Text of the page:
I attempted to construct such a thing from a cardboard box at home on Monday – making a couple of slots from the top and side to put in acetate/ tracing paper/paper.A test run, a crudely made thing – the cardboard box is now mostly held together with parcel tape – but it gave me an opportunity to try out working in three dimensions.Trying it out at home on Monday, I was excited by the possibilities.But in the space on Tuesday, these things became deadened, somehow. Because they were encased in acetate? Too many layers making it too opaque and difficult to see?

I gave up and started working instead with some handwritten text strips made by my late friend, Madrid based artist Maria Cobo as part of a video performance she did (https://vimeo.com/10811292)

I put the strips in a box and lit them with a bathroom light and combined them with some excerpted text from Werner Herzog’s book ‘Of Walking In Ice” which details his walk from Munich to Paris in Winter 1974 in the belief that doing so would save his friend, filmmaker Lottie Eisner, from cancer http://en.wikipedia.org/wiki/Of_Walking_In_Ice. This book has been very significant to me in the last year. Walking as an act of faith, also for me has been a way of experiencing and processing grief. Herzog’s unromantic and often bleak account of his journey (‘Must the sun lose every consecutive battle?’) has been with me since reading it shortly after Maria’s death last year.

I am lucky to have Maria’s texts (which are themselves handwritten excerpts from Beatles songs) and earlier in the year did some experiments with working with them – which I documented on the collaborative blog Artist As Explorer http://artistasexplorer.wordpress.com/2013/02/12/f…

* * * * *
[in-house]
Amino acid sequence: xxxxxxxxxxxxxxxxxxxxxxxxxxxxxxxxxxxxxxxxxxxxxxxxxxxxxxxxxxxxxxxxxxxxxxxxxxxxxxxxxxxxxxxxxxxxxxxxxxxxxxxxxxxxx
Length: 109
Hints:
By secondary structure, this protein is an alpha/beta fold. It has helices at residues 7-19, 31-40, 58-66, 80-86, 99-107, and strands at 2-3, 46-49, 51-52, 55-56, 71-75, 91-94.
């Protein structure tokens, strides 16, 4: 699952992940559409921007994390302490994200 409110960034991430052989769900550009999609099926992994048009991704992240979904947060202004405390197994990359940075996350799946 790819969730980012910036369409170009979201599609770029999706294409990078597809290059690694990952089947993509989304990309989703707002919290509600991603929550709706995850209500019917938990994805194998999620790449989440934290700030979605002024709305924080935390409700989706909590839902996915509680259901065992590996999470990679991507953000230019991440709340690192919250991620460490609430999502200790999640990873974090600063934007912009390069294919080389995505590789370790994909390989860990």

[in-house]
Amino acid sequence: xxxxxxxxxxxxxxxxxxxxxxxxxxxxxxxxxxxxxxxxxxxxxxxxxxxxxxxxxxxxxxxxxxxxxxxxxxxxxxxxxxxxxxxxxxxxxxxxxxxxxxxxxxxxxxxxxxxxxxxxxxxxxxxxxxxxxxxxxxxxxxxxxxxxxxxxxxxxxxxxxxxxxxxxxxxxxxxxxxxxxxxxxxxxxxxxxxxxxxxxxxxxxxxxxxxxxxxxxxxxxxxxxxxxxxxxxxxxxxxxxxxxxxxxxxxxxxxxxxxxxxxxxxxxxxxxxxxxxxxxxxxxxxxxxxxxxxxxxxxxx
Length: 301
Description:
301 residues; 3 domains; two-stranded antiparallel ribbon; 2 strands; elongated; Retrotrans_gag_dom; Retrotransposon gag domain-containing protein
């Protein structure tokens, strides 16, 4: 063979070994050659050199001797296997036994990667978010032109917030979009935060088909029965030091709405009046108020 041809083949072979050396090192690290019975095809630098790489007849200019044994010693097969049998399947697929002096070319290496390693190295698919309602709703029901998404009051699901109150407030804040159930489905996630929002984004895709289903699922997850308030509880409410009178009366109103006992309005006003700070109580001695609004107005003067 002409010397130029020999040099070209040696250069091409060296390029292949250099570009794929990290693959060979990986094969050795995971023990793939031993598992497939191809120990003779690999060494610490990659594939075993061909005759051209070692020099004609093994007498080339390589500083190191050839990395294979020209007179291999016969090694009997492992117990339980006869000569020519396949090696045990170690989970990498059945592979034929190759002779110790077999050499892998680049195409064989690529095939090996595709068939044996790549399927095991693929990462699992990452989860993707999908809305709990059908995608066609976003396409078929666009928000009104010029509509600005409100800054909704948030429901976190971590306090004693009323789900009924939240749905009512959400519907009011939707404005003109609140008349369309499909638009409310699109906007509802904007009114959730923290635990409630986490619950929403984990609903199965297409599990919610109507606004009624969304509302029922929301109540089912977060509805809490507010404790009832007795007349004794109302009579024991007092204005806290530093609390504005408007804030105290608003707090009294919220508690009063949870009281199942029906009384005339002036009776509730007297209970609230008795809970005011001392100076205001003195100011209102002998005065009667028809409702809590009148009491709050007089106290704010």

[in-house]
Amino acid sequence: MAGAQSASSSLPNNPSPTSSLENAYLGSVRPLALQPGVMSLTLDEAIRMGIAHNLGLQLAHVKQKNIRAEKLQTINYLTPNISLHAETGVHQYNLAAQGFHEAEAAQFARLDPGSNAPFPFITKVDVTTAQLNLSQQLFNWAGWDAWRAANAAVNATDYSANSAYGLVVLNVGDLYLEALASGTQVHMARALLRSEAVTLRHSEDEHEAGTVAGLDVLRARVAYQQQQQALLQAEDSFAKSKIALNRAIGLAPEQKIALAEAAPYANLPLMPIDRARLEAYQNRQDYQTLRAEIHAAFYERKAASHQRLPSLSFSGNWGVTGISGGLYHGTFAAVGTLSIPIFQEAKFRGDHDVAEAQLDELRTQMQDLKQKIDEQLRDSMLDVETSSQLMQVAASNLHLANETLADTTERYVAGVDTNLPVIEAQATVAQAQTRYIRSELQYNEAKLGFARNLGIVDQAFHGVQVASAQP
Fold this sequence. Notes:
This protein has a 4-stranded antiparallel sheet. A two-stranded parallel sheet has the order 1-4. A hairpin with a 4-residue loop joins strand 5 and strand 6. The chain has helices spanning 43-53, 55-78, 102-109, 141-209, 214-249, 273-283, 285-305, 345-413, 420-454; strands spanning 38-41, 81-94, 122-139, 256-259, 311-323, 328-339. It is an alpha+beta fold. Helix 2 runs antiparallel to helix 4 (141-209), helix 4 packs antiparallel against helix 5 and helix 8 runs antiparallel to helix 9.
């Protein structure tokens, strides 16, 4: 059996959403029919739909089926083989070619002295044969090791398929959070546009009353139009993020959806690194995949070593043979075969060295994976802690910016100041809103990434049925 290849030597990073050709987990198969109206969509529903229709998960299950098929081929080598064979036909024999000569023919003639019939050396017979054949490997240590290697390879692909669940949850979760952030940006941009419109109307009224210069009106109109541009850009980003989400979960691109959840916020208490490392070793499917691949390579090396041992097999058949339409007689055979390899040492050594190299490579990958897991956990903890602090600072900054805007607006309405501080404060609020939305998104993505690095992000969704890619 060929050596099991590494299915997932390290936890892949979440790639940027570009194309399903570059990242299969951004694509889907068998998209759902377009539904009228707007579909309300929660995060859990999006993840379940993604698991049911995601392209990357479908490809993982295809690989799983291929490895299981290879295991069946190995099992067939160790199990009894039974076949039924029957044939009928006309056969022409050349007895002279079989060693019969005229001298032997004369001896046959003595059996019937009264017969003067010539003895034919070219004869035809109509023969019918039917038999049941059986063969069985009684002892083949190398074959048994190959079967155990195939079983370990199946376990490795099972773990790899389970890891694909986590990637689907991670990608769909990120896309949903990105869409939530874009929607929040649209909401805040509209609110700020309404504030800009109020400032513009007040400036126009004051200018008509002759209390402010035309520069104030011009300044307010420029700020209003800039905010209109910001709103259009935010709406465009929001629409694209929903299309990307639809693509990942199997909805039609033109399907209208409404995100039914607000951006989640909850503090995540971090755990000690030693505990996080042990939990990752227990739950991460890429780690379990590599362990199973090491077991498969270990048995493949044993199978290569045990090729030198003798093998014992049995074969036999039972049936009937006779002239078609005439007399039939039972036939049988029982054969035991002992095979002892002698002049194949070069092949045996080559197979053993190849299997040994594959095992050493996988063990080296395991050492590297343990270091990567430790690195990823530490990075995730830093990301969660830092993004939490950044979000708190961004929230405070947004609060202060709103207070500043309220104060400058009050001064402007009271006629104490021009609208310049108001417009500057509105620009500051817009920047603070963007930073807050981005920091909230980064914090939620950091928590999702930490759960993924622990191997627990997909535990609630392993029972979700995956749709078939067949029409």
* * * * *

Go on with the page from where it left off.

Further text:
This work has felt unfinished but I wasn’t ready till now to work with them again.

Also in my head has been Rebecca Solnit’s ‘Wanderlust’ and ‘The Footing’ a fine looking new poetry anthology on the theme of walking newly published by the fantastic Sheffield based Longbarrow Press http://longbarrowpress.com/2011/07/08/the-footing/ which I would really like to get my hands on.



Performance, alchemy and collage

A month long collaboration with
For The Love of People (Jez Coram/Caroline Hick) on WE ARE ALIVE AGAIN, at the Fabric Arts Lab in Bradford

Day One: Friday 1st November

We start.

A white sheet
A table
Some sticks
Some miniature furniture: a wardrobe, a mirrored table, a chest of drawers
Cut outs chosen from the boxes:
A group of children lean on the wardrobe
A family group (mine) the children (me and my brother) in bathing costumes stand smile and squint into the sun
Two headless figures in Victorian dresses clutching each other
A giant pair of hands, removed from the piano they were playing, up – ended,